Front Row Center

By Michael Warren

I, Claudia
By Kristen Thomson
Directed by Lynn Phelan


front-rowThis is the first performance that I have attended at the new Bravo! Theater on Rio Bravo, at the same location as the well-known Naked Stage. It’s a small intimate theater, where the audience sits close and can really feel the action on stage. As a dramatic event at the new theater, Lynn Phelan and Jayme Littlejohn present us with an amazing one-woman show, originally written and performed in Toronto by Canadian actress Kristen Thomson.   

“Claudia” is a tween-ager (nearly 13 years old) whose parents have recently divorced, and she’s going through all the angst and anger of that precarious emotional situation. Jayme Littlejohn is entirely convincing as young Claudia, with body language that expresses her confusion. The cleverly constructed set is the boiler room of Claudia’s school, where she hides her secret cache of socks and other precious items – her goldfish and her strange science projects. Other characters include the janitor “Drachman,” her father’s girlfriend “Leslie” and (briefly) her grandfather.

With the use of masks, Jayme plays all four parts. It’s quite a performance, with the separate characters appearing on stage as if we had four actors in the cast. I’ve known before that Jayme is a talented actress, and here she puts on a show of extraordinary power and variety.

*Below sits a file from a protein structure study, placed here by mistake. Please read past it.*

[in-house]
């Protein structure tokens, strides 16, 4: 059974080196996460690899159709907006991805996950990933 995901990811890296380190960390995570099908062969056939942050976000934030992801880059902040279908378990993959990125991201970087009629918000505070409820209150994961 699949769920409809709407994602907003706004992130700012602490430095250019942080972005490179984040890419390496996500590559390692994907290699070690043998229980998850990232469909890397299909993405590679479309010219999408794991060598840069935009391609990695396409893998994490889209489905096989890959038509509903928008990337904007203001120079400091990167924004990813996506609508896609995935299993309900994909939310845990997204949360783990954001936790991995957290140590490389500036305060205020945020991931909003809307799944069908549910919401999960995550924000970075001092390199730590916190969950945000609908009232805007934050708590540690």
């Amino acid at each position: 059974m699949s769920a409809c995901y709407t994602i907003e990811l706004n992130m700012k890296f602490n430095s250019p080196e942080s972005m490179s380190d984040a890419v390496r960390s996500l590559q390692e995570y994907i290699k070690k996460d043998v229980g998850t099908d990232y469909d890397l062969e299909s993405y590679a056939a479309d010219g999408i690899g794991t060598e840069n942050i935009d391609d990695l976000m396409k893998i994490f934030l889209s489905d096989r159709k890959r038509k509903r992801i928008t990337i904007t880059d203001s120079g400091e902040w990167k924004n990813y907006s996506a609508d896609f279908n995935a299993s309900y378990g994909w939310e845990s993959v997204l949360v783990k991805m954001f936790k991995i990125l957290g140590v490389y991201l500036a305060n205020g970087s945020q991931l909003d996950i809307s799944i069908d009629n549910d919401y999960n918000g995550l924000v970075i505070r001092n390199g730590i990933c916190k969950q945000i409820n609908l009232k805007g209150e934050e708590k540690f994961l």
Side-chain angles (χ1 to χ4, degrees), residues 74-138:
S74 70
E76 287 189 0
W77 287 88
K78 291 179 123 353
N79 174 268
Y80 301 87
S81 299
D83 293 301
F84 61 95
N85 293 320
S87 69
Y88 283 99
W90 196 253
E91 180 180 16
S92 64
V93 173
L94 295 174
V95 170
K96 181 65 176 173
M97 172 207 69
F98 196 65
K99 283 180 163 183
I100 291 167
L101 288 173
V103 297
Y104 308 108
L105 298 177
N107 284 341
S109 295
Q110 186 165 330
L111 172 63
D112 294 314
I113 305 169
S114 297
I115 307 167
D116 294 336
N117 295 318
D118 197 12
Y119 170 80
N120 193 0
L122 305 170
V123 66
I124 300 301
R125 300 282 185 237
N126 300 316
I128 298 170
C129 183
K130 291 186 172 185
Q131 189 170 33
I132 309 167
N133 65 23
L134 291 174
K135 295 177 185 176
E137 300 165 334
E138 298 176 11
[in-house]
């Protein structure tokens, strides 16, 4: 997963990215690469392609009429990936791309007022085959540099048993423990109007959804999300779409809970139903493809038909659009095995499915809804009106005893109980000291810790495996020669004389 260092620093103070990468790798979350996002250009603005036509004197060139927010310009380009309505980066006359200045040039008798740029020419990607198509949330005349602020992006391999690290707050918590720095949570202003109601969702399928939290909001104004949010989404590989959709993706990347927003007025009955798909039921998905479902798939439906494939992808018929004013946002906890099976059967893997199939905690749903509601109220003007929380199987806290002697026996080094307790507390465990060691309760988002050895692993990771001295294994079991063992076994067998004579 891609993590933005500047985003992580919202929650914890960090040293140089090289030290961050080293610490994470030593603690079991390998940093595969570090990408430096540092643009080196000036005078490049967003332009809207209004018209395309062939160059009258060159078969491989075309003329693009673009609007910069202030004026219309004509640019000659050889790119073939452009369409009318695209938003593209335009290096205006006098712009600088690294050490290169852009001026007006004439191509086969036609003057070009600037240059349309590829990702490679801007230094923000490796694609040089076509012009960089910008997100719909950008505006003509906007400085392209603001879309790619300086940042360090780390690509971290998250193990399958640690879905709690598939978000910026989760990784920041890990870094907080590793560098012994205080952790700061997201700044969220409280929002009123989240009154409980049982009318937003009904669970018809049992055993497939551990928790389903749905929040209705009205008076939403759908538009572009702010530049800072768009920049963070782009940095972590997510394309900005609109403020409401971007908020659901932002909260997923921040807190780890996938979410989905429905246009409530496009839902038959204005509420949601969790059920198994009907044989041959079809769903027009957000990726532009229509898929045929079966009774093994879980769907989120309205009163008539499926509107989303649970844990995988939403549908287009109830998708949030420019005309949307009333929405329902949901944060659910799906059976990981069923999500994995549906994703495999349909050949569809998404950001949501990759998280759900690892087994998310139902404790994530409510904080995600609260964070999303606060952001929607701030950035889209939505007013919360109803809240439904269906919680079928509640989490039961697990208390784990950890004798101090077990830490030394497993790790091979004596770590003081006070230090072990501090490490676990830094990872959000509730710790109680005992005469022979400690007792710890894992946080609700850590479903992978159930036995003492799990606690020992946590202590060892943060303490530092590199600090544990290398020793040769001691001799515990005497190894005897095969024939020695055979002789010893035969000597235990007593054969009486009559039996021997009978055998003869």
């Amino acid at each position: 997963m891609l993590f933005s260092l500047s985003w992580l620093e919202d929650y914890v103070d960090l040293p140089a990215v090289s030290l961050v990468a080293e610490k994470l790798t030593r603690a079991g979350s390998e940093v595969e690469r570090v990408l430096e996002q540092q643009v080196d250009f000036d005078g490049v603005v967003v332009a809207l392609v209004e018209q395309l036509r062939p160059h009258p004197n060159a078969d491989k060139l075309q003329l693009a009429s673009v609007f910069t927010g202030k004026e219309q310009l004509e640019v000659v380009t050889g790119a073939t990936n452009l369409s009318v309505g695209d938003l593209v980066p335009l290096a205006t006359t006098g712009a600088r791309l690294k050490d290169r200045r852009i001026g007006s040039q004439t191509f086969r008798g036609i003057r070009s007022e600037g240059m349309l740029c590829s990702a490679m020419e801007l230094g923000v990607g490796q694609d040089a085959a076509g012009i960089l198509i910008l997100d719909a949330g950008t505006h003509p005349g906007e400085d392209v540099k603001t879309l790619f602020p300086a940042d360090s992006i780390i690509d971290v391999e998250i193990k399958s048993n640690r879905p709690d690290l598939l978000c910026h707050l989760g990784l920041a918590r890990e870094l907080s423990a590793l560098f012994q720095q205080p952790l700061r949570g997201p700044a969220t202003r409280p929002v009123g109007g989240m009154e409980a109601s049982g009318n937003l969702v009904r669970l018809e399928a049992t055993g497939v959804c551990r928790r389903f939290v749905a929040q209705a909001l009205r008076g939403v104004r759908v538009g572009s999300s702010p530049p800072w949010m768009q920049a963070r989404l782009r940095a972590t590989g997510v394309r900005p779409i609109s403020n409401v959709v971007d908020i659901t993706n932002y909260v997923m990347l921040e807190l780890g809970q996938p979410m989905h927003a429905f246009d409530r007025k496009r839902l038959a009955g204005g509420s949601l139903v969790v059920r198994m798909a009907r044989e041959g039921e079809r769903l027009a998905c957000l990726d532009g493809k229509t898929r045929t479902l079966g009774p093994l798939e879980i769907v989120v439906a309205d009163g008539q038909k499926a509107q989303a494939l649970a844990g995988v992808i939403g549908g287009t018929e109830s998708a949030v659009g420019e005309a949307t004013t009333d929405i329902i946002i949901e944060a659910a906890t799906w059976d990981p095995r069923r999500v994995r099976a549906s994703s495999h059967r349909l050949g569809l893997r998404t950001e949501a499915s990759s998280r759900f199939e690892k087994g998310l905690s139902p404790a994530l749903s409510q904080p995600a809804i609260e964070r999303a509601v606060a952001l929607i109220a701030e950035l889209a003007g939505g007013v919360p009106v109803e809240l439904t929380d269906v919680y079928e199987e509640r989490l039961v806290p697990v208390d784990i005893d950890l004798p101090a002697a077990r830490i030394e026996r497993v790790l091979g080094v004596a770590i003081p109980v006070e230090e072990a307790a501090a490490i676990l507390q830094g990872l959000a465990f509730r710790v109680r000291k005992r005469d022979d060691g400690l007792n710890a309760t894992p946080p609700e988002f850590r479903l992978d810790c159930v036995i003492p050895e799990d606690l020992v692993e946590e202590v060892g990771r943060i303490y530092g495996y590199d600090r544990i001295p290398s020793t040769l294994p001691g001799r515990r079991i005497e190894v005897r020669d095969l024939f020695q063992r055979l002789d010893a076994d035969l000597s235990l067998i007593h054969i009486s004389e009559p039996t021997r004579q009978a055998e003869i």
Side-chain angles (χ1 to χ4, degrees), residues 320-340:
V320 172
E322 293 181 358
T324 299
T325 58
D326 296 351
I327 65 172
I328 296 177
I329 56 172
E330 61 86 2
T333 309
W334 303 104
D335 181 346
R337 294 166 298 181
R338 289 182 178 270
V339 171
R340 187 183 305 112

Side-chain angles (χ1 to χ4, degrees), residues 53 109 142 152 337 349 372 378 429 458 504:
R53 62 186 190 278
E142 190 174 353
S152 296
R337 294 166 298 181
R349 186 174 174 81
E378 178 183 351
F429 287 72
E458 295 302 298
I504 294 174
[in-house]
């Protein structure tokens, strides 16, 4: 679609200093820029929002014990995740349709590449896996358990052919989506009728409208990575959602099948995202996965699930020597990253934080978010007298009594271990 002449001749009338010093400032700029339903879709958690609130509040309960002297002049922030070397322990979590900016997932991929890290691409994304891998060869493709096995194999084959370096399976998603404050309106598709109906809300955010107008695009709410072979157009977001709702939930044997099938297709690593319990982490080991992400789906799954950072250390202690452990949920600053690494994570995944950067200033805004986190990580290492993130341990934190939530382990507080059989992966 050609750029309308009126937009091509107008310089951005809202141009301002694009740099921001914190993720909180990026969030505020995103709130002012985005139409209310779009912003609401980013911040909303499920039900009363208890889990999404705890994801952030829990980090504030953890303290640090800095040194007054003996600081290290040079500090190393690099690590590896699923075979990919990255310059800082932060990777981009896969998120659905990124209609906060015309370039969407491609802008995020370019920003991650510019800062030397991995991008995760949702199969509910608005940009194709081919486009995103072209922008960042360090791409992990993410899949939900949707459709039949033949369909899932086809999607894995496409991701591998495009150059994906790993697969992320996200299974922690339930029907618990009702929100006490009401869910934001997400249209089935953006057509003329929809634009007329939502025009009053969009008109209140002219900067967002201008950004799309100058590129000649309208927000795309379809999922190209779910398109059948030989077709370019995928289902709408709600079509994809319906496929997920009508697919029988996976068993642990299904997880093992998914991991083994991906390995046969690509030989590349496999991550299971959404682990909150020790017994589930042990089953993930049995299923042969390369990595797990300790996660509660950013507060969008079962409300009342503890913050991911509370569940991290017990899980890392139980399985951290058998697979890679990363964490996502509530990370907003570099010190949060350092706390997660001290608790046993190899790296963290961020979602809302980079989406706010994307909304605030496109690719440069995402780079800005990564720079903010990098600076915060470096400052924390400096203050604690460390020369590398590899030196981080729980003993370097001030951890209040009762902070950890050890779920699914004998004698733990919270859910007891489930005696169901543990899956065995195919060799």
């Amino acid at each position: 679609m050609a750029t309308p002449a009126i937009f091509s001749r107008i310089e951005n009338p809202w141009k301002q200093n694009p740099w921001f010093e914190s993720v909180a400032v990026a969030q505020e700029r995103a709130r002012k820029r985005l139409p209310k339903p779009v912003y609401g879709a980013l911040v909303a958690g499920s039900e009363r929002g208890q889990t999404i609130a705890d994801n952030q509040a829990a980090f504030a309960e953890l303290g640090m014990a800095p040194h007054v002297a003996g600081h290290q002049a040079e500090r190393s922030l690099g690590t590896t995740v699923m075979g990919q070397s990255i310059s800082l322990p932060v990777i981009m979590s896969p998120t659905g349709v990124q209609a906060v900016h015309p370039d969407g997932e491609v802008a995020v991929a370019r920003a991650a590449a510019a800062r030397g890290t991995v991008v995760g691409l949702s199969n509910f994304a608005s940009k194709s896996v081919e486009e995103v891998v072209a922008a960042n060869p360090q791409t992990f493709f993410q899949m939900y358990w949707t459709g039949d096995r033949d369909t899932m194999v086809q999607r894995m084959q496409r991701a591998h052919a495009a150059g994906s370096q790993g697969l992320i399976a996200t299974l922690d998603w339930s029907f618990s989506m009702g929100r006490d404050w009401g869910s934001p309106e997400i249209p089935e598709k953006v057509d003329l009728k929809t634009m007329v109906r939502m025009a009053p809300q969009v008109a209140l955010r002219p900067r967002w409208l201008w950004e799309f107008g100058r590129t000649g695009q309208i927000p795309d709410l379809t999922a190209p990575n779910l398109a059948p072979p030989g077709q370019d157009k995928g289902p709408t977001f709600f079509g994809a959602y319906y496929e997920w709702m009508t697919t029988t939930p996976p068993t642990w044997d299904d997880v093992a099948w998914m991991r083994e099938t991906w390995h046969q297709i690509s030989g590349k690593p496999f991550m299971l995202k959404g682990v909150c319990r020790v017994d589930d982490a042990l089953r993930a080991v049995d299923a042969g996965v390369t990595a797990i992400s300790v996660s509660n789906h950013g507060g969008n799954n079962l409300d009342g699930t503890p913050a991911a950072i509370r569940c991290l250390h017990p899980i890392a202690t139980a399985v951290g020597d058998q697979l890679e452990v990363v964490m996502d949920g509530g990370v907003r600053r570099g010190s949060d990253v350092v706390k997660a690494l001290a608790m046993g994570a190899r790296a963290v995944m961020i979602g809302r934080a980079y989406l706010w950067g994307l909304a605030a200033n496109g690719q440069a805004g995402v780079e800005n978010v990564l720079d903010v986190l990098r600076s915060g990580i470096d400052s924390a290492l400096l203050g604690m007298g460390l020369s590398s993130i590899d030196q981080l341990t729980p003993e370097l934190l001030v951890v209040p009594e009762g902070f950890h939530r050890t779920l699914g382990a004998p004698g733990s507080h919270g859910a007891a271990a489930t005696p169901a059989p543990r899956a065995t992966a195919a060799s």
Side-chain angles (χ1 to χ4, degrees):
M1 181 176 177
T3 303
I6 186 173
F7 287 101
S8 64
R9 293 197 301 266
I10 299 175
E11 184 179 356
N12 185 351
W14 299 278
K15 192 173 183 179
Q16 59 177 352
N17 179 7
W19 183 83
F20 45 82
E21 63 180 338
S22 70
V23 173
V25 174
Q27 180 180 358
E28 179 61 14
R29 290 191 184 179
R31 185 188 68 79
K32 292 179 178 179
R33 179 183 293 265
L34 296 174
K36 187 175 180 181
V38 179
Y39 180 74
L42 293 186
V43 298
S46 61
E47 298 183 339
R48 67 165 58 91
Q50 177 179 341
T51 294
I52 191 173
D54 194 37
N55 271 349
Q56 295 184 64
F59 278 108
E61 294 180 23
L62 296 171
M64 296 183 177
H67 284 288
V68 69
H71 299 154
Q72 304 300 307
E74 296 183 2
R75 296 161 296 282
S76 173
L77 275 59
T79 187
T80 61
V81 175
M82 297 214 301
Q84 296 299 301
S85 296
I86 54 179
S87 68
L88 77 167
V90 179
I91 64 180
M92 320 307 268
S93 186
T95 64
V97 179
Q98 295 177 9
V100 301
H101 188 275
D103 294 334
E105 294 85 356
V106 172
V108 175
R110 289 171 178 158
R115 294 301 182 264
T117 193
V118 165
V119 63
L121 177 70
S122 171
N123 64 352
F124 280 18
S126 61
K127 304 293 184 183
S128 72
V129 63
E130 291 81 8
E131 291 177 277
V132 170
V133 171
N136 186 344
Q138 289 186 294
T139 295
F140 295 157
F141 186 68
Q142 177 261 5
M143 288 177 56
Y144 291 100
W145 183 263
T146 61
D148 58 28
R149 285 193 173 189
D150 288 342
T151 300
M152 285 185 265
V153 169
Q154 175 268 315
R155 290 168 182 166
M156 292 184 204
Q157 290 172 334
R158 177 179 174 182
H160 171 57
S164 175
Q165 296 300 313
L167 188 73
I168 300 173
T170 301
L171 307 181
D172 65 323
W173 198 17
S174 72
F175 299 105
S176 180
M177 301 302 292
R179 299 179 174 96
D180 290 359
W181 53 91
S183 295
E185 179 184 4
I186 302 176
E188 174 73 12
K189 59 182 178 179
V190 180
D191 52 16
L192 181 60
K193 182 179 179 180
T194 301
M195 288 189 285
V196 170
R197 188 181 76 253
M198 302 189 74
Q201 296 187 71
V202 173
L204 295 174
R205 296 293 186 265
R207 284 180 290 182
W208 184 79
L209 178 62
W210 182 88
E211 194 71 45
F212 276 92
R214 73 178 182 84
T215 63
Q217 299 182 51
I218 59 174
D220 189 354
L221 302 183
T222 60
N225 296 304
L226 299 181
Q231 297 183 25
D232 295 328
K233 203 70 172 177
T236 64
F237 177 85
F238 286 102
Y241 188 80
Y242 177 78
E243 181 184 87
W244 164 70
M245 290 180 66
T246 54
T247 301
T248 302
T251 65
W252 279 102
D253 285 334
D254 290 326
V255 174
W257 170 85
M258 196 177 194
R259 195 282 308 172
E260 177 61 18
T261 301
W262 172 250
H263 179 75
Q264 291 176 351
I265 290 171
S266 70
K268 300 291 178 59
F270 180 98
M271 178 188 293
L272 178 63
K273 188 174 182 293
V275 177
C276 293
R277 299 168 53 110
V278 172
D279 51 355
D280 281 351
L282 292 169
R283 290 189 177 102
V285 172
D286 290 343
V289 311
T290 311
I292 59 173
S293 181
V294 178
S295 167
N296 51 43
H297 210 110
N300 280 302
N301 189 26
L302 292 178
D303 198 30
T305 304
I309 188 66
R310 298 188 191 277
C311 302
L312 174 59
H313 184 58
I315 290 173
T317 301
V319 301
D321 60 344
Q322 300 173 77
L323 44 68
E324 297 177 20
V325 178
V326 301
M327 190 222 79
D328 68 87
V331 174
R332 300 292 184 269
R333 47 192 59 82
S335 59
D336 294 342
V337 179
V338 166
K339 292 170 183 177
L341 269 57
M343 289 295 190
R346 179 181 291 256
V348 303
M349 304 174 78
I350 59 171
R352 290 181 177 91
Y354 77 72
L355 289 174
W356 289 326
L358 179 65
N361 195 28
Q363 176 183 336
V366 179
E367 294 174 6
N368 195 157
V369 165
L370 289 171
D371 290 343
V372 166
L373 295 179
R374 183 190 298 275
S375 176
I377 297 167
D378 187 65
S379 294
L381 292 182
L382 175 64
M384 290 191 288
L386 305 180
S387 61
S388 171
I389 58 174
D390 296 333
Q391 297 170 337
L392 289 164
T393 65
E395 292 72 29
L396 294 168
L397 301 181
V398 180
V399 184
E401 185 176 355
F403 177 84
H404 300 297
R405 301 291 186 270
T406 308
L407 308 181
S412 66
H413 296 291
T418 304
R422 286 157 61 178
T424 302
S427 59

The play itself is interesting, but static in terms of plot development.    

Nothing much happens and the only discovery in the story is that Claudia finds out that her father was meeting Leslie long before her parents separated. We get to know the main character Claudia, and to some extent the girlfriend Leslie who is revealed to be fragile and needy under her bimbo exterior. The play ends with a beautiful story told by the janitor Drachman, and overall it’s a wonderful vehicle for a great one-woman performance.

The masks and set design were very well done by Rob Stupple. And I congratulate Lynn Phelan as the director on effective staging and emotional variety. This was a good play for the Bravo!, which provides a welcome additional venue for actors and directors in this small town.

The final play of the LLT season is The Dixie Swim Club, which is directed by Barbara Clippinger. I look forward to seeing this amusing and poignant play, which opens on March 27 and runs through April 5.     



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